When you have a qualified lead, how can you effectively nurture the relationship into a sale? Through effective use of big data, lead nurturing, email, and lead scoring. For example, your emails should have relevant calls to action, and the lead nurturing campaign should be guiding them further through the buyer’s journey until finally your lead becomes a customer.

Examples of tools that will help convert leads to customers:

  • Pipeline management
  • Lead nurturing
  • Email marketing
  • Predictive lead scoring


This stage is crucial but is often overlooked by retailers focused so intently on new customers. It’s critical to build and grow your customer satisfaction and retention rates. Your customers have higher expectations because of the level of respect you treated them with throughout their process to become a customer. Don’t fail them now. Continue to engage and delight your customers by asking them questions, offering them special content, and deliver them the tools to be successful with their products. The happier your customer is, the more product they will buy and serve as brand ambassadors in their own networks.

Examples of tools that will help delight customers into becoming brand influencers:

  • Smart content designed exclusively for existing customers
  • Virtual and real conversations
  • Customer-only specials
  • Workflows

Why does the buyer’s journey matter to your customers?

We’ve all been in a store with an overzealous sales person showing us the newest product on the shelf, pushing us to buy it, making us uncomfortable and eager to run out of the store. We were only there to browse after all. On the flip side, how frustrating is it when you’re shopping for something specific and you walk into a store and see mostly empty shelves?

Whether you are window shopping or ready to make a purchase, both stages are equally important in your customer’s buying journey. According to HubSpot, the buyer’s journey is the process buyers go through to become aware of, evaluate, and purchase a new product or service. This journey is a three-step process:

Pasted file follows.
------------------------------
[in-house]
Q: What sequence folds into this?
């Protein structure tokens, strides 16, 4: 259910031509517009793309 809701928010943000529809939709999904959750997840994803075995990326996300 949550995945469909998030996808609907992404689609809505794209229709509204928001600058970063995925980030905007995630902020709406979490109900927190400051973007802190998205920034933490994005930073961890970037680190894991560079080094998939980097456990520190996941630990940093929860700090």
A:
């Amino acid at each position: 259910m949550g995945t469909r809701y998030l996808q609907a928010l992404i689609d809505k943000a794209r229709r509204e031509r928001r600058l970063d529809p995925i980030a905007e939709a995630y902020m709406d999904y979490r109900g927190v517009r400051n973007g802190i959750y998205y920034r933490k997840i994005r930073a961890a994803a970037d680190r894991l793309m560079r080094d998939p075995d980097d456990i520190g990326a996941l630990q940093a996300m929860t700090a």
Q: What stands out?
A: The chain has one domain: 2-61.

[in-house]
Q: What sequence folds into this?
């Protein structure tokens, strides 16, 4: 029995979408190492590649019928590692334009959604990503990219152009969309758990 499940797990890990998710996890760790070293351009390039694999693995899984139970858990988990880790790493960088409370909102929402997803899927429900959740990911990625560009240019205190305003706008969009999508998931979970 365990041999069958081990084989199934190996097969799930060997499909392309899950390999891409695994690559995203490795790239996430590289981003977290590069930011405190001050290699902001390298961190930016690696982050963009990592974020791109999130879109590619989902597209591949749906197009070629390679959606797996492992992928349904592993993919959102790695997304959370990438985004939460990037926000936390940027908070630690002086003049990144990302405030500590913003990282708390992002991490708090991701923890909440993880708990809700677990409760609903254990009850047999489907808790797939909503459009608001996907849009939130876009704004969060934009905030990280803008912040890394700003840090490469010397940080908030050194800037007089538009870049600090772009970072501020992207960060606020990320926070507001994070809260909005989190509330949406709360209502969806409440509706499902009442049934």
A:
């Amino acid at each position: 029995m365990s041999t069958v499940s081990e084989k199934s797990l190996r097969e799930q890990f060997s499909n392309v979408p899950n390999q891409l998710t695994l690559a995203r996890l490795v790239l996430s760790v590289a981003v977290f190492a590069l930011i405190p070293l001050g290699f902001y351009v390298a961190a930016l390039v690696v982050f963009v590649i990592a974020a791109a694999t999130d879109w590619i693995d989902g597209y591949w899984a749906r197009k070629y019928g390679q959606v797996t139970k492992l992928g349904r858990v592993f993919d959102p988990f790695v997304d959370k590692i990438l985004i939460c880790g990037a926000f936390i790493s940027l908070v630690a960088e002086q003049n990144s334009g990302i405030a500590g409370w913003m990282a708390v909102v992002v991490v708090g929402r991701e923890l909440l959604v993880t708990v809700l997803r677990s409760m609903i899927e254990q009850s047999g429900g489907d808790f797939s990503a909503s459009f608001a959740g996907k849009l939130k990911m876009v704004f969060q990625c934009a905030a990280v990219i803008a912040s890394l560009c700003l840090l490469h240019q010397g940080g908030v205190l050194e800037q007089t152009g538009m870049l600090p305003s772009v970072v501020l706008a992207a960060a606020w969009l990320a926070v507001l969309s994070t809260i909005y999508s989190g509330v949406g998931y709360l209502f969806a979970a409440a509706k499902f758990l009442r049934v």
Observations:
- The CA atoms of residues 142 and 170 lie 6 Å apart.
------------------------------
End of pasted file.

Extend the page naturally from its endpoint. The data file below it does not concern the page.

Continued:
Let’s break down these stages:

  1. Awareness Stage: the customer realizes they have a problem.
  2. Consideration Stage: the customer defines their problem and researches options to solve it.
  3. Decision Stage: the customer chooses a solution.

Here is a scenario where each stage is clearly illustrated:

  • Awareness Stage: I will be going on a tropical vacation and I want to get new swimsuits and tank tops, but my local stores are still carrying only winter season clothing.
  • Consideration Stage: I found online retailers selling summer clothing, but I’m not sure I will want to keep everything I buy.  
  • Decision Stage: I can buy the summer clothing online and go through the return process if I decide not to keep it. Or I can rent clothing from a company that will send me a box of clothing to wear, enjoy, and return at no extra cost. I’ll rent the clothing because there’s a lower commitment.

It’s important to be aware which phase a potential client is currently in, and it will help you determine the content they should receive. If a potential client is familiar with your product, should they receive the same content you would provide a stranger in the Attract phase of inbound methodology? Perhaps a blog or guide about your services would be a better fit because they are in the consideration stage of the buyer’s journey. Here are examples of blog topics that would be appealing to the customer above going through the buyer’s journey:

  • Awareness Stage: Where to Find Summer Clothing in the Middle of Winter
  • Consideration Stage: Going Somewhere Tropical This Winter? Here are 5 Reasons to Rent Your Vacation Wardrobe.
  • Decision Stage: How to Use ABC Company as a Personal Stylist for Your Tropical Vacation

If you’re unsure what kinds of challenges and problems your customers are facing in their awareness stage of the buyer’s journey, it’s a good idea to get a better understanding. Ask them questions through online surveys or hold interviews. Your company’s salespeople are also good resources to help you understand what your average customer’s buyer journey looks like. Download our Retailer’s Guide to Inbound Marketing to see sample questions to discover more about your target customer’s buyer journey.

Once you identify your buyer’s journey, be sure to provide relevant content for each stage that is tied back to the 4 stages of inbound marketing methodology. If you’re serving up the right content at the right time for your potential customers, you’re going to edge out the competition and gain the trust of your customers. Remember, no one likes to be sold, so use inbound marketing to educate and build trust with potential customers and your existing database.

The inbound marketing process can be complex, but at the core it’s a logical explanation of human behavior. Once you understand the fundamentals of what inbound marketing does and how it brings the right customers to your business, you’ll begin to see how retail marketing strategies can easily adopt inbound. 

The Retailer's Guide to Inbound Marketing 

Whitney Mitchell

Whitney Mitchell

Whitney Mitchell is a certified Inbound Marketing Coordinator for Can-Do Ideas, Montana’s only HubSpot Gold Partner and inbound marketing agency. She is a fifth-generation Montanan with a background in supporting national brands from the public affairs, association, and non-profit industries. Whitney has spent 7+ years utilizing digital marketing strategies and marketing software automation systems designed to fill the funnel for ERP and CRM software and SaaS organizations.

TOPICS: Inbound Marketing, Customer Service, Retail